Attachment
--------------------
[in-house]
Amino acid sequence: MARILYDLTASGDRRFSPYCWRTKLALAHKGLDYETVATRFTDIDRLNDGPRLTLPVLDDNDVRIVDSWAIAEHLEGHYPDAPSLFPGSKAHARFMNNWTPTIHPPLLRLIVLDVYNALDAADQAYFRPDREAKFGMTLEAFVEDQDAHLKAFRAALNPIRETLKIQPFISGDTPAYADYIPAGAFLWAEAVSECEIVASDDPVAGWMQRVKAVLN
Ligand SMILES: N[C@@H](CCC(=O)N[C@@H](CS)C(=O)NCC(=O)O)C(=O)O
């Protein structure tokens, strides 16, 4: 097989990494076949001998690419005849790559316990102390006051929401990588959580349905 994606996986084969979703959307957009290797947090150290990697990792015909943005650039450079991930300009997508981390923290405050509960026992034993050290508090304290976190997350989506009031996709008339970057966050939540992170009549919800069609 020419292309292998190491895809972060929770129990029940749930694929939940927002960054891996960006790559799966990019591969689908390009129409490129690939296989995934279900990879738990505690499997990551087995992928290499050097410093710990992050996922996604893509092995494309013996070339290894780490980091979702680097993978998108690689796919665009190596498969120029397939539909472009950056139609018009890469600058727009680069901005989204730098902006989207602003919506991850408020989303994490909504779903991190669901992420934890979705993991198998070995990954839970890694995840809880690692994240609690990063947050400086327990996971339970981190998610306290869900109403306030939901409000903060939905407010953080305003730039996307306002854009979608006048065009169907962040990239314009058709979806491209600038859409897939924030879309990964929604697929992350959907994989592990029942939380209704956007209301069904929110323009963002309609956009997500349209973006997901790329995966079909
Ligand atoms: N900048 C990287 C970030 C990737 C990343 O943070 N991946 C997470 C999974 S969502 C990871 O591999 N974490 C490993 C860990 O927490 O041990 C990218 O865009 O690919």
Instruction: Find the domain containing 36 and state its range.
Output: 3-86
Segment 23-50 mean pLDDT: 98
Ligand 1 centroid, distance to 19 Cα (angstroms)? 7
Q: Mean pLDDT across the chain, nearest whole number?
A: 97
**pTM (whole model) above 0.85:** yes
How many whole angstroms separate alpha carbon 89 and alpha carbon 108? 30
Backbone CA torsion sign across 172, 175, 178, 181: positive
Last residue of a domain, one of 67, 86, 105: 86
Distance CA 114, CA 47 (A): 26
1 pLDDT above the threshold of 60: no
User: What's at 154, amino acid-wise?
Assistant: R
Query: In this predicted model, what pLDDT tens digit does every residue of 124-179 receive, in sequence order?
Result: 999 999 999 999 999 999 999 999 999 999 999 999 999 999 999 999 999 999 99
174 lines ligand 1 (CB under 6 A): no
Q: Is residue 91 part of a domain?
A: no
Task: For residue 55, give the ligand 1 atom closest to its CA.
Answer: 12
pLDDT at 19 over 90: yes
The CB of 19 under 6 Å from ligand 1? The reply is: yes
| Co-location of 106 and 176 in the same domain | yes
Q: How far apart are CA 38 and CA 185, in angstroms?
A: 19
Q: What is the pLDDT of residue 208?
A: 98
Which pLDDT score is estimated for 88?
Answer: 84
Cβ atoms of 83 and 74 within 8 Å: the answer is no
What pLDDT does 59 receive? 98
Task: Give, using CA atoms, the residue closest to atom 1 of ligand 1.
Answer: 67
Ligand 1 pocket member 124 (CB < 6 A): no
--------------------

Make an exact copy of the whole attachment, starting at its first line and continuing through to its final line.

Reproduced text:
[in-house]
Amino acid sequence: MARILYDLTASGDRRFSPYCWRTKLALAHKGLDYETVATRFTDIDRLNDGPRLTLPVLDDNDVRIVDSWAIAEHLEGHYPDAPSLFPGSKAHARFMNNWTPTIHPPLLRLIVLDVYNALDAADQAYFRPDREAKFGMTLEAFVEDQDAHLKAFRAALNPIRETLKIQPFISGDTPAYADYIPAGAFLWAEAVSECEIVASDDPVAGWMQRVKAVLN
Ligand SMILES: N[C@@H](CCC(=O)N[C@@H](CS)C(=O)NCC(=O)O)C(=O)O
């Protein structure tokens, strides 16, 4: 097989990494076949001998690419005849790559316990102390006051929401990588959580349905 994606996986084969979703959307957009290797947090150290990697990792015909943005650039450079991930300009997508981390923290405050509960026992034993050290508090304290976190997350989506009031996709008339970057966050939540992170009549919800069609 020419292309292998190491895809972060929770129990029940749930694929939940927002960054891996960006790559799966990019591969689908390009129409490129690939296989995934279900990879738990505690499997990551087995992928290499050097410093710990992050996922996604893509092995494309013996070339290894780490980091979702680097993978998108690689796919665009190596498969120029397939539909472009950056139609018009890469600058727009680069901005989204730098902006989207602003919506991850408020989303994490909504779903991190669901992420934890979705993991198998070995990954839970890694995840809880690692994240609690990063947050400086327990996971339970981190998610306290869900109403306030939901409000903060939905407010953080305003730039996307306002854009979608006048065009169907962040990239314009058709979806491209600038859409897939924030879309990964929604697929992350959907994989592990029942939380209704956007209301069904929110323009963002309609956009997500349209973006997901790329995966079909
Ligand atoms: N900048 C990287 C970030 C990737 C990343 O943070 N991946 C997470 C999974 S969502 C990871 O591999 N974490 C490993 C860990 O927490 O041990 C990218 O865009 O690919």
Instruction: Find the domain containing 36 and state its range.
Output: 3-86
Segment 23-50 mean pLDDT: 98
Ligand 1 centroid, distance to 19 Cα (angstroms)? 7
Q: Mean pLDDT across the chain, nearest whole number?
A: 97
**pTM (whole model) above 0.85:** yes
How many whole angstroms separate alpha carbon 89 and alpha carbon 108? 30
Backbone CA torsion sign across 172, 175, 178, 181: positive
Last residue of a domain, one of 67, 86, 105: 86
Distance CA 114, CA 47 (A): 26
1 pLDDT above the threshold of 60: no
User: What's at 154, amino acid-wise?
Assistant: R
Query: In this predicted model, what pLDDT tens digit does every residue of 124-179 receive, in sequence order?
Result: 999 999 999 999 999 999 999 999 999 999 999 999 999 999 999 999 999 999 99
174 lines ligand 1 (CB under 6 A): no
Q: Is residue 91 part of a domain?
A: no
Task: For residue 55, give the ligand 1 atom closest to its CA.
Answer: 12
pLDDT at 19 over 90: yes
The CB of 19 under 6 Å from ligand 1? The reply is: yes
| Co-location of 106 and 176 in the same domain | yes
Q: How far apart are CA 38 and CA 185, in angstroms?
A: 19
Q: What is the pLDDT of residue 208?
A: 98
Which pLDDT score is estimated for 88?
Answer: 84
Cβ atoms of 83 and 74 within 8 Å: the answer is no
What pLDDT does 59 receive? 98
Task: Give, using CA atoms, the residue closest to atom 1 of ligand 1.
Answer: 67
Ligand 1 pocket member 124 (CB < 6 A): no